A Beginner’s Guide to Gardening
- Part 01Gardening Tools Checklist
- Part 02Outdoor Gardening for Beginners: A Guide Inspired by Japanese Garden Style
- Part 03Indoor Gardening and Container Gardening, the KonMari Way
- Part 04Tips for Gardening in Small Spaces
- Part 05How to Organize Garden Tools or a Garden Shed the KonMari Way
- Part 06Bonus Gardening Q&A with Marie
The magic of plant life — learning about, caring for and observing — is one of the unending sources of wisdom and pleasure in our world. Plants and gardens are also essential to our collective sense of kurashi. According to Marie, much like tidying, gardening is “a way to care for your environment and a chance to realize your ideal lifestyle.”
Just like each person is unique and has a different ideal lifestyle, we all have a different ideal garden. It might be a dedicated outdoor space or a few small jars on an apartment windowsill. Your plants will also each have individual ideal lifestyles of their own — especially when it comes to light, water, soil and containers.
It is up to us — their loyal owners — to watch and learn more about each plant’s needs and honor them with attentive, loving care. The following guide is written with beginner gardeners in mind, but is suitable for seasoned green thumbs, as well. Let’s get planting!
Gardening Tools Checklist
If you’re beginning a gardening hobby for the first time, you might feel overwhelmed by the many gardening tools available at nurseries and hardware stores. But you only need a few items to start your first garden project, no matter whether you’re gardening outdoors, indoors or in patio containers.
Here is our recommended gardening tools checklist, in order of priority:
Essential Tools for Beginner Gardeners
These tools will get you started gardening as soon as this weekend.
- Gloves – Look for durable, water-resistant, but not too bulky options, so you can easily plant seeds and do more delicate pruning jobs
- Hand trowel – For planting flowers, vegetables and more
- Watering can – For reaching and nourishing every root
- Pruning shears or secateurs – For pruning back plants but also for cutting flowers to place around the home
Nice-to-Have Gardening Tools
Perfect for taking your hobby to the next level, these tools will make your gardening experience even more joyful.
- An apron with pockets – For keeping clothes tidy and your shears within reach
- A lightweight gardening tool box – For carrying tools to different corners of your yard
- Misting bottle or spray bottle – For keeping indoor plants moist
- Garden hose with adjustable nozzle – For outdoor gardening projects
- Rake and hoe – For tidying up flower beds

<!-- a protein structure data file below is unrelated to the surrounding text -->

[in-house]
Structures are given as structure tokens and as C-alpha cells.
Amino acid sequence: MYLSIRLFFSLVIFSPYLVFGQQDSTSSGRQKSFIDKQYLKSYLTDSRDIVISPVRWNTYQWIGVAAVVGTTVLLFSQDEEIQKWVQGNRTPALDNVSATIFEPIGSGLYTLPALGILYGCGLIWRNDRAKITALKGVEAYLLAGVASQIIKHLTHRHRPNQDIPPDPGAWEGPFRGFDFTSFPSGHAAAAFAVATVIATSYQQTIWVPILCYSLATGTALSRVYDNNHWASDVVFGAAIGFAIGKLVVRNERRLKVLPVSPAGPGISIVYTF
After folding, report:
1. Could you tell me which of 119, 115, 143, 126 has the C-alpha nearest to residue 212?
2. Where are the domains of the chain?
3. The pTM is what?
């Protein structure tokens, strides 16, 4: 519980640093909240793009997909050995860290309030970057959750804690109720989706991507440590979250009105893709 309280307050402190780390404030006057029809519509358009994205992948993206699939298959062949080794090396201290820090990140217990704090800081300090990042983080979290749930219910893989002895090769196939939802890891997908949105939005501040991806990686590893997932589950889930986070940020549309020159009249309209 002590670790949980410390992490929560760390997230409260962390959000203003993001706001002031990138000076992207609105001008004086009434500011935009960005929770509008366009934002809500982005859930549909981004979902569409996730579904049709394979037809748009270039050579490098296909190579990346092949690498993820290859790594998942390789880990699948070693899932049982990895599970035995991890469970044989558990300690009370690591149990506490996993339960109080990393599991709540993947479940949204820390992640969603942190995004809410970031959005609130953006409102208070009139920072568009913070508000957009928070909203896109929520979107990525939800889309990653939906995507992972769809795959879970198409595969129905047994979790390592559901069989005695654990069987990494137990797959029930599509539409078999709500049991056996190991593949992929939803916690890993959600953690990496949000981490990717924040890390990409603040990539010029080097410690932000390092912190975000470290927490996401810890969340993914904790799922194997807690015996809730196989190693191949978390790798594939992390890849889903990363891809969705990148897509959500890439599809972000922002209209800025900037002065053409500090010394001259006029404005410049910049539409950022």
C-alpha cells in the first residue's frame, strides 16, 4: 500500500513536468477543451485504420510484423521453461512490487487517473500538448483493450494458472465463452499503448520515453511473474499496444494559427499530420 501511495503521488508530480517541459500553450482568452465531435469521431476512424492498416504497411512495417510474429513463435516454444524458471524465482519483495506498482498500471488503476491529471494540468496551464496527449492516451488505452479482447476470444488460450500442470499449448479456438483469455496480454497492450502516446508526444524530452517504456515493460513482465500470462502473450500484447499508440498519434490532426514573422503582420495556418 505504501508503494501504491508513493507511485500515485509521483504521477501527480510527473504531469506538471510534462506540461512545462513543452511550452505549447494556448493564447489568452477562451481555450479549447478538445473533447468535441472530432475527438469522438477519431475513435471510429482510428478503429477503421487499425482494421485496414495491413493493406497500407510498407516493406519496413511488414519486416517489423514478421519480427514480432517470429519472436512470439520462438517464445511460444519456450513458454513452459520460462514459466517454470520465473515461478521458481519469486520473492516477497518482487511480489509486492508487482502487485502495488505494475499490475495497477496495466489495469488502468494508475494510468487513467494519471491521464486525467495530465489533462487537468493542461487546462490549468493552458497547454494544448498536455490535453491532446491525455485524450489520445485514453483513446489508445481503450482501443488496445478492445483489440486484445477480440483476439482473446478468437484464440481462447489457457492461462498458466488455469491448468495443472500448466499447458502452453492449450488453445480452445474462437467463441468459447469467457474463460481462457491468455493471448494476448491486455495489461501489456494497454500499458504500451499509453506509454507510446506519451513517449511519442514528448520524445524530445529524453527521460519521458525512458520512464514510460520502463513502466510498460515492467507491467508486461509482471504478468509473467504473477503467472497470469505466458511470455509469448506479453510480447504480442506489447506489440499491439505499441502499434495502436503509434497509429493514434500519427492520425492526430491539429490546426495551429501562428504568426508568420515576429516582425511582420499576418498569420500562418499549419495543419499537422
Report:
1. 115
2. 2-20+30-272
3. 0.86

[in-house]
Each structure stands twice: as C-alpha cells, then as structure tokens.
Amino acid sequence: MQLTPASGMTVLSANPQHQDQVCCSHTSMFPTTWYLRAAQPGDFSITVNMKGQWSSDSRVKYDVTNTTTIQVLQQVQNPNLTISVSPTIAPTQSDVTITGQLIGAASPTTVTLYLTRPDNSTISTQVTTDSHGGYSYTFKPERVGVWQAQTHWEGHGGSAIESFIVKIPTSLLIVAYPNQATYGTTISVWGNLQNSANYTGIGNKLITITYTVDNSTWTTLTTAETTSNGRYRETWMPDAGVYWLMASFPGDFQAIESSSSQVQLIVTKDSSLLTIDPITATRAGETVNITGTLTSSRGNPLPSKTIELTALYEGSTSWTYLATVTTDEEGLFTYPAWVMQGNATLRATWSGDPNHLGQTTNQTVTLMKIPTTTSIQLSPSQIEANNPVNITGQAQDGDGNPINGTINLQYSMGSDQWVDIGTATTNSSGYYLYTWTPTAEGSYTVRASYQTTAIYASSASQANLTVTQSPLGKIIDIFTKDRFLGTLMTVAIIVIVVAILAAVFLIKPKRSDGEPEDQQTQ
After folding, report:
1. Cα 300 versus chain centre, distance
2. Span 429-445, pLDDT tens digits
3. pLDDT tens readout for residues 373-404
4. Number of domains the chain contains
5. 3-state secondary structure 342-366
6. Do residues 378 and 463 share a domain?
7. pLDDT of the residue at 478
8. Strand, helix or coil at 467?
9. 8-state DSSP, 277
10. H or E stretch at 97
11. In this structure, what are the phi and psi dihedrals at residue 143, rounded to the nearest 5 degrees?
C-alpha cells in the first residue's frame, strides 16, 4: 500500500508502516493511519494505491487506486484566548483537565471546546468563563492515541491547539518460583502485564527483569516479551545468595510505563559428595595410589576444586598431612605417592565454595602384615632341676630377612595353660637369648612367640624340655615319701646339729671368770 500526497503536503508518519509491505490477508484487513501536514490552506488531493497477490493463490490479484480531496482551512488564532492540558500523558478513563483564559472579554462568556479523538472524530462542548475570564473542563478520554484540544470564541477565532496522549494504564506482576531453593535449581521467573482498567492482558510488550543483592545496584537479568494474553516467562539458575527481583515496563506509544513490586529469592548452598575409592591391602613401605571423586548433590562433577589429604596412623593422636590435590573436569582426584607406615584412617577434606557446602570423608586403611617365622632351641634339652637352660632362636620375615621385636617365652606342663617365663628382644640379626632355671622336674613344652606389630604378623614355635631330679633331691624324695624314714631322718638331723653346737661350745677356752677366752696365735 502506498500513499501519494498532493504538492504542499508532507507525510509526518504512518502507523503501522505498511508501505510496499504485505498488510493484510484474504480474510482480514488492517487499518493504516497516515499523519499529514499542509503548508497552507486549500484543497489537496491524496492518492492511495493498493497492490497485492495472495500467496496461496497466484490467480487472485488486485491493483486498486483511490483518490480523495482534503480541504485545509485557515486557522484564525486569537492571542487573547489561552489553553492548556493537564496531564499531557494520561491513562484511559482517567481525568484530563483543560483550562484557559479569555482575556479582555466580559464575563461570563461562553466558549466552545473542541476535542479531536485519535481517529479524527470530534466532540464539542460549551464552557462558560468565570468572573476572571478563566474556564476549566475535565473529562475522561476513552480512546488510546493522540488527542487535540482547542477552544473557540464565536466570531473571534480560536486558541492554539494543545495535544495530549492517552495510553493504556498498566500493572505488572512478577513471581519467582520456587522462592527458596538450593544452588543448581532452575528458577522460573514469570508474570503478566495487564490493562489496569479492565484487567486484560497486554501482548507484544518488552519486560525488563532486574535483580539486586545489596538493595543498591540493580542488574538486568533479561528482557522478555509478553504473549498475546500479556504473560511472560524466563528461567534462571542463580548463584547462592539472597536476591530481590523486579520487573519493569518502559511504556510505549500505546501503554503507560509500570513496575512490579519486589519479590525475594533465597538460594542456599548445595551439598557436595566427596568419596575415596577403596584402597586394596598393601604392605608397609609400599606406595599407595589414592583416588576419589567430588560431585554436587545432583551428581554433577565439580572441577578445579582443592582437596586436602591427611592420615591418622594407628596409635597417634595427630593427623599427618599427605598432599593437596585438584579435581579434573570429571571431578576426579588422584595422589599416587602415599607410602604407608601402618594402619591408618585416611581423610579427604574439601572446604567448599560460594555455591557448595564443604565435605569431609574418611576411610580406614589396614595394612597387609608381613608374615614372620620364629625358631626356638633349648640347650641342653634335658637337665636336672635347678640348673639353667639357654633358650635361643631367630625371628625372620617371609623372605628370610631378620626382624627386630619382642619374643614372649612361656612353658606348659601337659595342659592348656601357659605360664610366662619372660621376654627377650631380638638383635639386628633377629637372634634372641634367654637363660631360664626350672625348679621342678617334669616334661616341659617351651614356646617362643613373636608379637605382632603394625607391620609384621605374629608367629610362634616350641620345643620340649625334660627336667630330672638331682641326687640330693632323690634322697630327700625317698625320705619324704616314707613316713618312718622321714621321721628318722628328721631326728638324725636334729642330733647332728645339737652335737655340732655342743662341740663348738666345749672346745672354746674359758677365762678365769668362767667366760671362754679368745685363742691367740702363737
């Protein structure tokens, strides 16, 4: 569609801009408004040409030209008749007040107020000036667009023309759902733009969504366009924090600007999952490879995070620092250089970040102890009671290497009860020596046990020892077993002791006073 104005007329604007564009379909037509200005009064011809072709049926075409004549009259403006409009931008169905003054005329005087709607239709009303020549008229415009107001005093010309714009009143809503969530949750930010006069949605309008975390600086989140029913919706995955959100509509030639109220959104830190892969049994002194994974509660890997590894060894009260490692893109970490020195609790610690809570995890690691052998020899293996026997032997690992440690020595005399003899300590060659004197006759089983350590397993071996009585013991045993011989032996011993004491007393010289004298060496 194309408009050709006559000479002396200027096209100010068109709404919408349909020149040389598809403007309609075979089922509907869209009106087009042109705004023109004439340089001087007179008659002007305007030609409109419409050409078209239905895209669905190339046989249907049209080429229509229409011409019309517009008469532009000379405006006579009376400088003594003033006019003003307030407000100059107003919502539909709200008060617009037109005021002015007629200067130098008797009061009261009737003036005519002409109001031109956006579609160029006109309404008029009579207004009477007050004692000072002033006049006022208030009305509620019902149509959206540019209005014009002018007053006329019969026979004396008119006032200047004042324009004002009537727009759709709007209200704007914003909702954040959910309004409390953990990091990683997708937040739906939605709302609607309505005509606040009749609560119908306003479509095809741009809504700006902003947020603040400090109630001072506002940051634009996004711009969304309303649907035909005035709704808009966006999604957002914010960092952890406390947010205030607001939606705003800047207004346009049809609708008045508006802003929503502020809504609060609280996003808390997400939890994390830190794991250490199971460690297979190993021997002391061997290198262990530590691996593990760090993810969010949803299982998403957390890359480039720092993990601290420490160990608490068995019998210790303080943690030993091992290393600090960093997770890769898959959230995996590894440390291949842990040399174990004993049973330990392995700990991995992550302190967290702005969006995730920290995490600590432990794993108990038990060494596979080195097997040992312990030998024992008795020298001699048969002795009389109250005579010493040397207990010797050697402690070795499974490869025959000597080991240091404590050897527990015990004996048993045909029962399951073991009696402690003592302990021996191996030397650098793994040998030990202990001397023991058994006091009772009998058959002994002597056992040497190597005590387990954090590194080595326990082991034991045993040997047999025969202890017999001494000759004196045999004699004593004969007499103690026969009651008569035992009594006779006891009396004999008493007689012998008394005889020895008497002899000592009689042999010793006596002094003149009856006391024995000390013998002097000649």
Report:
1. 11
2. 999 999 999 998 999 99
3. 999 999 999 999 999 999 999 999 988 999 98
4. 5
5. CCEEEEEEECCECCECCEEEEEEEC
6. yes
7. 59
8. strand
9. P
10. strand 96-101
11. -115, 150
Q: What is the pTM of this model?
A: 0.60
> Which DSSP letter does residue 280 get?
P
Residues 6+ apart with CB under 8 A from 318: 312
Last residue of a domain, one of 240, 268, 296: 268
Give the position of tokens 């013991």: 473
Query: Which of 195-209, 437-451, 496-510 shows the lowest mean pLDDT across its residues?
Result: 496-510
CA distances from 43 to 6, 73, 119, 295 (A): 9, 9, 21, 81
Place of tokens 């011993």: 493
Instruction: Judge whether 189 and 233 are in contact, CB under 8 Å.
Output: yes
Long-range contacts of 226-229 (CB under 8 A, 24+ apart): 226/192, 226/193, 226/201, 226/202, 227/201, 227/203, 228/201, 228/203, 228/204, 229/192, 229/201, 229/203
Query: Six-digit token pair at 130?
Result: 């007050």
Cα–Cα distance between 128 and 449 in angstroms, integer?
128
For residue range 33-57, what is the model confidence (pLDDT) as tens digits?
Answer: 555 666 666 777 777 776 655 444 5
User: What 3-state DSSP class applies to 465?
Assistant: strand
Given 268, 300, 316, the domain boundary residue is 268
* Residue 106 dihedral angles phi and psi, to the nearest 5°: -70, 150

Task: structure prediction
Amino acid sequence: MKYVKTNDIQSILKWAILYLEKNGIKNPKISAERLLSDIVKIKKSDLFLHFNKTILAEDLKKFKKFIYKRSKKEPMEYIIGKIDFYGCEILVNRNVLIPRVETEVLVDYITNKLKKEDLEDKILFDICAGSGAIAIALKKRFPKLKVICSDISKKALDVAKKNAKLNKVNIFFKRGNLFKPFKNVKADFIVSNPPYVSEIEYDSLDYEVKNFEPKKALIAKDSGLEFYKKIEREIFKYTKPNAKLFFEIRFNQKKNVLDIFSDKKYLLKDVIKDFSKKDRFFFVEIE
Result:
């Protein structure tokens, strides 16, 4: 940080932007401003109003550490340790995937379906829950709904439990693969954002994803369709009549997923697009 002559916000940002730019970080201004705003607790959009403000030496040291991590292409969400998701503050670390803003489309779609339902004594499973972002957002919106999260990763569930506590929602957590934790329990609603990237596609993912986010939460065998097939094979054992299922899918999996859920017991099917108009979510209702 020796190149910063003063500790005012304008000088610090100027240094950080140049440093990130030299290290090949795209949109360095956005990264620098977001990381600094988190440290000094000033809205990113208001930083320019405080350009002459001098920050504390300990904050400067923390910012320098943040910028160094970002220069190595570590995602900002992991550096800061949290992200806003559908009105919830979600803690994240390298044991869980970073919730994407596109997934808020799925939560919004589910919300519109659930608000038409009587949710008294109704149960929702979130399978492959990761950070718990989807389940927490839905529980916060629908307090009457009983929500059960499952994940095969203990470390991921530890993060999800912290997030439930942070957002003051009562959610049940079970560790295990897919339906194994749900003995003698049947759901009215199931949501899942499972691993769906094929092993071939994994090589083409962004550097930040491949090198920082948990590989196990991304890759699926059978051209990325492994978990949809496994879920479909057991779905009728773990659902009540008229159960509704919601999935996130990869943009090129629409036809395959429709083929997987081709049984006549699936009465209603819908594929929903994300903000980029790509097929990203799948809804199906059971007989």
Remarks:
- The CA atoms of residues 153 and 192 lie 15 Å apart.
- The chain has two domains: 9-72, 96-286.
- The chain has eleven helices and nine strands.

- Long-handle spade – For bigger planting jobs
- Microfiber towels – For dusting off indoor plant leaves, so they continue to reap the benefits of indirect light
- Garden tool cleaner – For keeping shears sharp and rust-free
- Wheelbarrow – For very large gardens or backyards
- A padded kneeling pillow – For staying comfortable during long hours pruning or planting
Outdoor Gardening for Beginners: A Guide Inspired by Japanese Garden Style
If you have ever enjoyed an afternoon in a Japanese public garden, you know that the experience feels transcendent. Koi ponds give way to carefully pruned cherry blossom trees or an outdoor bonsai garden. A simple walkway, shadowed by bamboo, encourages reflective silence. Every minute feels like a reset for the body and mind.
In recent years, Japanese-style landscaping has become increasingly popular in home gardens as well, bringing its signature simplicity to outdoor spaces of all shapes and sizes. We asked Jake Hobson, the founder of the Japanese gardening tool brand Niwaki (and resident KonMari gardening expert), to walk us through what defines Japanese garden style and a few tips on how beginner’s can use it as inspiration when creating a home garden.
What is Japanese Garden Style?
Traditional Japanese gardens pay tribute to the nation’s history of philosophy, culture and aesthetics. There are two distinct categories of Japanese gardens: those intended for tranquil reflection and those for walking or strolling. They feature plants native to Japan — like black and red pine or maple trees, moss, camellia and yew — and plenty of open space. These unplanted areas nod to yohaku no bi, or the beauty of empty space, which is “a reminder of the infinite potential that dwells within nature — and each of us.”
Most gardens also embrace the concept of wabi-sabi, the beauty of imperfection. Plants and materials are allowed to age gracefully, giving each Japanese garden its own unique, organic ambiance.
“I think Japanese gardens resonate so deeply with people because they create a sense of place,” Jake says, “There is a stillness and grounding. From large palace gardens to tiny courtyards, the Japanese approach immerses the viewer visually and emotionally, subconsciously transporting them to another place.”